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CR 65:141-157 (2015)  -  DOI:

Effect of weather data aggregation on regional crop simulation for different crops, production conditions, and response variables

Gang Zhao1,*, Holger Hoffmann1, Lenny G. J. van Bussel1,2, Andreas Enders1, Xenia Specka3, Carmen Sosa4, Jagadeesh Yeluripati5,19, Fulu Tao6, Julie Constantin7, Helene Raynal7, Edmar Teixeira8, Balázs Grosz9, Luca Doro10, Zhigan Zhao11, Claas Nendel3, Ralf Kiese12, Henrik Eckersten13, Edwin Haas14, Eline Vanuytrecht15, Enli Wang11, Matthias Kuhnert5, Giacomo Trombi18, Marco Moriondo17, Marco Bindi18, Elisabet Lewan4, Michaela Bach9, Kurt-Christian Kersebaum3, Reimund Rötter6, Pier Paolo Roggero10, Daniel Wallach7, Davide Cammarano16, Senthold Asseng16, Gunther Krauss1, Stefan Siebert1, Thomas Gaiser1, Frank Ewert1

1Crop Science Group, Institute of Crop Science and Resource Conservation (INRES), University of Bonn, Katzenburgweg 5, 53115 Bonn, Germany
2–19Co-author addresses in the Supplement (
*Corresponding author:

ABSTRACT: We assessed the weather data aggregation effect (DAE) on the simulation of cropping systems for different crops, response variables, and production conditions. Using 13 process-based crop models and the ensemble mean, we simulated 30 yr continuous cropping systems for 2 crops (winter wheat and silage maize) under 3 production conditions for the state of North Rhine-Westphalia, Germany. The DAE was evaluated for 5 weather data resolutions (i.e. 1, 10, 25, 50, and 100 km) for 3 response variables including yield, growing season evapotranspiration, and water use efficiency. Five metrics, viz. the spatial bias (Δ), average absolute deviation (AAD), relative AAD, root mean squared error (RMSE), and relative RMSE, were used to evaluate the DAE on both the input weather data and simulated results. For weather data, we found that data aggregation narrowed the spatial variability but widened the Δ, especially across mountainous areas. The DAE on loss of spatial heterogeneity and hotspots was stronger than on the average changes over the region. The DAE increased when coarsening the spatial resolution of the input weather data. The DAE varied considerably across different models, but changed only slightly for different production conditions and crops. We conclude that if spatially detailed information is essential for local management decision, higher resolution is desirable to adequately capture the spatial variability for heterogeneous regions. The required resolution depends on the choice of the model as well as the environmental condition of the study area.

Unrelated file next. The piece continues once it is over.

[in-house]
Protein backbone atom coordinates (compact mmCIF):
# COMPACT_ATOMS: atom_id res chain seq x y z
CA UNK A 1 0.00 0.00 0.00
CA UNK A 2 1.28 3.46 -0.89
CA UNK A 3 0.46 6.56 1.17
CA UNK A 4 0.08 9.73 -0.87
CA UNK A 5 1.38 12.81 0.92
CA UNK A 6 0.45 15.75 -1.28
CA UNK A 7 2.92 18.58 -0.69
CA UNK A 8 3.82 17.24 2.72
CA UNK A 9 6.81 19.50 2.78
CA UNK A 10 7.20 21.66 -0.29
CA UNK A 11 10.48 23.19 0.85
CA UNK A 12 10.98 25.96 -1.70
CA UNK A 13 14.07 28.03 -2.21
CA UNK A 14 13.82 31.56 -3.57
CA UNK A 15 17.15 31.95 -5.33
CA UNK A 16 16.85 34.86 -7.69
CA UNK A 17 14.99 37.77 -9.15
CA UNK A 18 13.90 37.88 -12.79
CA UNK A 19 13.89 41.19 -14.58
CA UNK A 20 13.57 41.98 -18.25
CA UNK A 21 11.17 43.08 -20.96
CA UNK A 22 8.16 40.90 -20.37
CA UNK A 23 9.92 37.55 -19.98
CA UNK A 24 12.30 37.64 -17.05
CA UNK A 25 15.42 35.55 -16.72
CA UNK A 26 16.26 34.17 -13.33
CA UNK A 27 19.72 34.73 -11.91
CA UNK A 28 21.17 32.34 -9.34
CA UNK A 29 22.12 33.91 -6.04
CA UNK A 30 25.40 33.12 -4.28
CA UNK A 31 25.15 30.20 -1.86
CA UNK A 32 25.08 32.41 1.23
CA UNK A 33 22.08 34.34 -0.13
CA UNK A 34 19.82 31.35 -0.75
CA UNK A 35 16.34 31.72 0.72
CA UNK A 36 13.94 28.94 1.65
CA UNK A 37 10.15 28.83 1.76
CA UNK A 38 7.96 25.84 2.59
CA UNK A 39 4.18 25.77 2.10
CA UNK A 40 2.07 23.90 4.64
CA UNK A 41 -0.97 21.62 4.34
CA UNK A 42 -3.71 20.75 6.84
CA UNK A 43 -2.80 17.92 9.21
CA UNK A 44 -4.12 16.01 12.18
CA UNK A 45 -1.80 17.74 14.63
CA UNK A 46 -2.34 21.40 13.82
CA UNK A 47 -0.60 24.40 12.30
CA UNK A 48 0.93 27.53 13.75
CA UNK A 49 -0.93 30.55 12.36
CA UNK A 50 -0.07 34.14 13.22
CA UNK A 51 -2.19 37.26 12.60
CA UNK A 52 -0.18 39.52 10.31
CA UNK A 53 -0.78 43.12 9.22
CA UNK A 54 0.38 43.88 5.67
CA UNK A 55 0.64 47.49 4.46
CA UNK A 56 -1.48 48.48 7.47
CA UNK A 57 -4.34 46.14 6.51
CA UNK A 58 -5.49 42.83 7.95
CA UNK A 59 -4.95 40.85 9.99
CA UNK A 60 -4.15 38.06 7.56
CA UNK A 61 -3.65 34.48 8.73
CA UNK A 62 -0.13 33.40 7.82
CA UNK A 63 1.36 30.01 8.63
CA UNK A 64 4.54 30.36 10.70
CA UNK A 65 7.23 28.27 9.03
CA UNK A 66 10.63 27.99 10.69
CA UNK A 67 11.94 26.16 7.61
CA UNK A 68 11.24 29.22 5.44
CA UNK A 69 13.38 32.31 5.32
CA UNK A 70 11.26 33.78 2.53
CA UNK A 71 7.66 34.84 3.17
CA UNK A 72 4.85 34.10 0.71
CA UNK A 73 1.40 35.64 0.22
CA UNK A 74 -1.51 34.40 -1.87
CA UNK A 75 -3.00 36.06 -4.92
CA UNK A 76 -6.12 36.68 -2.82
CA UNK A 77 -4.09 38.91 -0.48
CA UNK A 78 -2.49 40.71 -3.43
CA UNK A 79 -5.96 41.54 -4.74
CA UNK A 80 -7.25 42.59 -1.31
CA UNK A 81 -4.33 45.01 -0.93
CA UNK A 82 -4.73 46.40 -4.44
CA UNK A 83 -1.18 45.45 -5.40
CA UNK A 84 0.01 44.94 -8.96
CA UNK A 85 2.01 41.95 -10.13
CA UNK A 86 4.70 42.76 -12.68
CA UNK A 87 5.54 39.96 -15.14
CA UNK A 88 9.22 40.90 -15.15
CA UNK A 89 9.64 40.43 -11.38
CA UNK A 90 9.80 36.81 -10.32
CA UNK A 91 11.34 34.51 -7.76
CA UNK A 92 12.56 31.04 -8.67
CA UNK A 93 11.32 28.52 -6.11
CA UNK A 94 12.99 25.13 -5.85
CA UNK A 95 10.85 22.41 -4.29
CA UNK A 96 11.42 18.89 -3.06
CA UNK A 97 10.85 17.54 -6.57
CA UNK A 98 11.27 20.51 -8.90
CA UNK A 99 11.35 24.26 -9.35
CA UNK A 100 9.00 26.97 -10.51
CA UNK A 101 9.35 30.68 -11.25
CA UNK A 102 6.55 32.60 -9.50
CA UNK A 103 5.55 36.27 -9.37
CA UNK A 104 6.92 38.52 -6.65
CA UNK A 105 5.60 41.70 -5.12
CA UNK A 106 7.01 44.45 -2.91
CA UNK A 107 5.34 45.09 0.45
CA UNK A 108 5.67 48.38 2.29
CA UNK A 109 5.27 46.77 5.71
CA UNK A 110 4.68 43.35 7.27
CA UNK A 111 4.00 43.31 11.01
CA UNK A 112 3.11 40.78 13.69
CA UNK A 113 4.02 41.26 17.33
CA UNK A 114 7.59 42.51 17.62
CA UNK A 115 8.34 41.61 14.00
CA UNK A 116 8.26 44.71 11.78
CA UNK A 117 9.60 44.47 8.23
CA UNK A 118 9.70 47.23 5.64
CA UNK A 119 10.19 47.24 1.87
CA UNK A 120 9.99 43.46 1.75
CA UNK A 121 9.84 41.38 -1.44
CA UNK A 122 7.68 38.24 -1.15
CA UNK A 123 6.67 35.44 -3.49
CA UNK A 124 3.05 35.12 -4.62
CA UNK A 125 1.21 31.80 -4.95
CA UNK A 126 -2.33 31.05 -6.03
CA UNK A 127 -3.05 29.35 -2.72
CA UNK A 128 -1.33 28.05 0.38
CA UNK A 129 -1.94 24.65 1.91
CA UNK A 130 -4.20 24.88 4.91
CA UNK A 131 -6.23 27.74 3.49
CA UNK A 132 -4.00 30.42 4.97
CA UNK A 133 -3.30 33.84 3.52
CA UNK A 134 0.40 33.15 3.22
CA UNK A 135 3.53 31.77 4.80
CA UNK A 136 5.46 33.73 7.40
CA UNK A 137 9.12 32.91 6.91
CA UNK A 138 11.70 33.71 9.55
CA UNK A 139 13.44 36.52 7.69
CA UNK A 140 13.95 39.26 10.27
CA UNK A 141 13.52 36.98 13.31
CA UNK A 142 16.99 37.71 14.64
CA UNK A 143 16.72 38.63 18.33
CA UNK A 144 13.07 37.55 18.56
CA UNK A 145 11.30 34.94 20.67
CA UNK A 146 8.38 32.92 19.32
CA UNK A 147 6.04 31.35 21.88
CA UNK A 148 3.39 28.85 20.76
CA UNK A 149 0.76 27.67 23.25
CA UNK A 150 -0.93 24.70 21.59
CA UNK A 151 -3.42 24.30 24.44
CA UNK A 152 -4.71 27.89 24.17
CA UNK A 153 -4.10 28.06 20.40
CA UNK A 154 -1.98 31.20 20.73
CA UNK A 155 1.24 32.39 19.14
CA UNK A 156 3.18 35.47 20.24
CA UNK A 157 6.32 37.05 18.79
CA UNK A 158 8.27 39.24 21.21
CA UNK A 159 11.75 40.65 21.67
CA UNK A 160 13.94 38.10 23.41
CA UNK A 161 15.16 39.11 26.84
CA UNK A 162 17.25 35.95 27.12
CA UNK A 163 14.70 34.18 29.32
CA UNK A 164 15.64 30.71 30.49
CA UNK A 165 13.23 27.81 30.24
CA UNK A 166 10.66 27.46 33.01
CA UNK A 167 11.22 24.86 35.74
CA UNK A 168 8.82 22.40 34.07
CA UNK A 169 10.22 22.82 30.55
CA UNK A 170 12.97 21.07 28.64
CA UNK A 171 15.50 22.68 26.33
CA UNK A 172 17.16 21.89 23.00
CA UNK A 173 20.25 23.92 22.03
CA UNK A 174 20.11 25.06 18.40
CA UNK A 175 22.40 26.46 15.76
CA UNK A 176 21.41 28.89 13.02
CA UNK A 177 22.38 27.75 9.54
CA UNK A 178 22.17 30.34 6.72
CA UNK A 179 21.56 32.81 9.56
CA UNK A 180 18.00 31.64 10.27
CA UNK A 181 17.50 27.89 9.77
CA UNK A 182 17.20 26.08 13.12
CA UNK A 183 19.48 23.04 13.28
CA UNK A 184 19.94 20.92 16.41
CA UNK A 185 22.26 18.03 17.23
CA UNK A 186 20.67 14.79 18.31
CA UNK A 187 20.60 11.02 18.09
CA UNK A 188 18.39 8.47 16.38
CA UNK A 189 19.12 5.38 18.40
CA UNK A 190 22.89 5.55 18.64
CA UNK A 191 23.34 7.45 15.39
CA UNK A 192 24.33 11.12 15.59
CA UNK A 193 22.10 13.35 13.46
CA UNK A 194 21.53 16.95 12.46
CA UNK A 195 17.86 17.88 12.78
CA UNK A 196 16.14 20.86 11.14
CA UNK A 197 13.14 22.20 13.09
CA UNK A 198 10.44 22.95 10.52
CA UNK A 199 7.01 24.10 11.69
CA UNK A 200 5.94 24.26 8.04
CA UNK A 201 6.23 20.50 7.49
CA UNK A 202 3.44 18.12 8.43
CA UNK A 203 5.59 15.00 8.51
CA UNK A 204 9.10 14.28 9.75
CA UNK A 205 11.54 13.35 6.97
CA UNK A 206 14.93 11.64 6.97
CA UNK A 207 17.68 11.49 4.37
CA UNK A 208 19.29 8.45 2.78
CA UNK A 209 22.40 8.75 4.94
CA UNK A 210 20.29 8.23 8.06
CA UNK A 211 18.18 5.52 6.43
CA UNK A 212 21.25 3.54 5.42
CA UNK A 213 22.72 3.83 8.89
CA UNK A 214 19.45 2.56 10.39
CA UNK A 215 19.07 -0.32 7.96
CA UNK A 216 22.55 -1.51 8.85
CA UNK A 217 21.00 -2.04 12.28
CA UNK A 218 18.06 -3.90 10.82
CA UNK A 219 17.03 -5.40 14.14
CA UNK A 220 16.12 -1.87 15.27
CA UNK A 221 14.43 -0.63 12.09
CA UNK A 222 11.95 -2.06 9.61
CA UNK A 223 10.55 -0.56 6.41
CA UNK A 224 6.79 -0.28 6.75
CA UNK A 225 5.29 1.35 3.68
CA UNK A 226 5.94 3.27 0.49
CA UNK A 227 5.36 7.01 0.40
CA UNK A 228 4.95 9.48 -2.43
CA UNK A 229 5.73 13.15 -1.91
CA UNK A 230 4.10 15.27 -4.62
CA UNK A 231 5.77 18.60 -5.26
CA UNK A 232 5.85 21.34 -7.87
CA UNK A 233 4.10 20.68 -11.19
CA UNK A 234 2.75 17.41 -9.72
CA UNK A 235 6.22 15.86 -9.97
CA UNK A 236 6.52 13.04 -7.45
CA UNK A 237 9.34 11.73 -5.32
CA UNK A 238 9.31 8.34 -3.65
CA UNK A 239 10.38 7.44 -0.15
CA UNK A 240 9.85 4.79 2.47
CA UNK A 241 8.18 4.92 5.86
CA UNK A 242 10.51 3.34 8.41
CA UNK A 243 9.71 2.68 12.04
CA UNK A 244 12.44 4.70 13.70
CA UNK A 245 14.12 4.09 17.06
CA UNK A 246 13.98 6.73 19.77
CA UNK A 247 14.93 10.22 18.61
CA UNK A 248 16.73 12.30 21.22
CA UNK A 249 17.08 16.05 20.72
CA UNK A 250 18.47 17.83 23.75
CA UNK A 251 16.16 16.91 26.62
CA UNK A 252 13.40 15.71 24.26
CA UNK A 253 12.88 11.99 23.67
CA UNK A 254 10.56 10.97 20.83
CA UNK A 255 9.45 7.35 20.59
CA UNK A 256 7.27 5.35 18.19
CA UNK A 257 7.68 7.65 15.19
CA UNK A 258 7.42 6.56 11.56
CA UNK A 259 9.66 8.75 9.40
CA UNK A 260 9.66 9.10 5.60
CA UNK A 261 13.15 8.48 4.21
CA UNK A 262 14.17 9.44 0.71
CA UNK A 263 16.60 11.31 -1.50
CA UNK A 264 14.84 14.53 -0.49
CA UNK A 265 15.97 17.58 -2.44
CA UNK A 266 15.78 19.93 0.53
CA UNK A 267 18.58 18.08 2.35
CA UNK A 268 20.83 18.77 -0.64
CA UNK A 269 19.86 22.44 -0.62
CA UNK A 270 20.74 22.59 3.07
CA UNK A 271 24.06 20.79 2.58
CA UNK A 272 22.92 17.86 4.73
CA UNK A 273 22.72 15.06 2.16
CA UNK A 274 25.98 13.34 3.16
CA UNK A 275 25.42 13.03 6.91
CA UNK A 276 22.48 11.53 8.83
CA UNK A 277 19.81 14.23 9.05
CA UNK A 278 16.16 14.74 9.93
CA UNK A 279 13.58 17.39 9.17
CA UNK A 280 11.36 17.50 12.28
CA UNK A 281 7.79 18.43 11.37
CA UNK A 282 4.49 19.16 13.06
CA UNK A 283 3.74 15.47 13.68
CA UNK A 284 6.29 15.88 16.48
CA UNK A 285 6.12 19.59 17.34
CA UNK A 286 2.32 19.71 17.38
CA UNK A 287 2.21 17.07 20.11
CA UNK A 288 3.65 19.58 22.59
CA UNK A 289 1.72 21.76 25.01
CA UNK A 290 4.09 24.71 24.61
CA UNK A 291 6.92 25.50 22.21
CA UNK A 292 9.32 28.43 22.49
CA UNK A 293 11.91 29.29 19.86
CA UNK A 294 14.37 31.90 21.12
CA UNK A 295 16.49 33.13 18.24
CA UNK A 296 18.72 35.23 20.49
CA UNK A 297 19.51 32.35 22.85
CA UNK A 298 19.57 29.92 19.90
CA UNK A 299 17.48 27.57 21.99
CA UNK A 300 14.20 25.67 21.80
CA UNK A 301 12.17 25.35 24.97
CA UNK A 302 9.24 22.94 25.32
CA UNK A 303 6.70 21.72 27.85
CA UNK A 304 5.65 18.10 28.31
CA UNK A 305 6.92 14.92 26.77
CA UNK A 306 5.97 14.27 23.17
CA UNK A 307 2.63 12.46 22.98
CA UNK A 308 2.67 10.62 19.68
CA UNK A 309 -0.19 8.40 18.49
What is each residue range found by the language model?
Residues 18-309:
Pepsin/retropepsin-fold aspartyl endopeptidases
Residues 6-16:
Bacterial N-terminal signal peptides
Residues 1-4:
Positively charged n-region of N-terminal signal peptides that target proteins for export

KEY WORDS: Crop model · Model comparison · Spatial resolution · Data aggregation · Spatial heterogeneity · Scaling

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Cite this article as: Zhao G, Hoffmann H, van Bussel LGJ, Enders A and others (2015) Effect of weather data aggregation on regional crop simulation for different crops, production conditions, and response variables. Clim Res 65:141-157.

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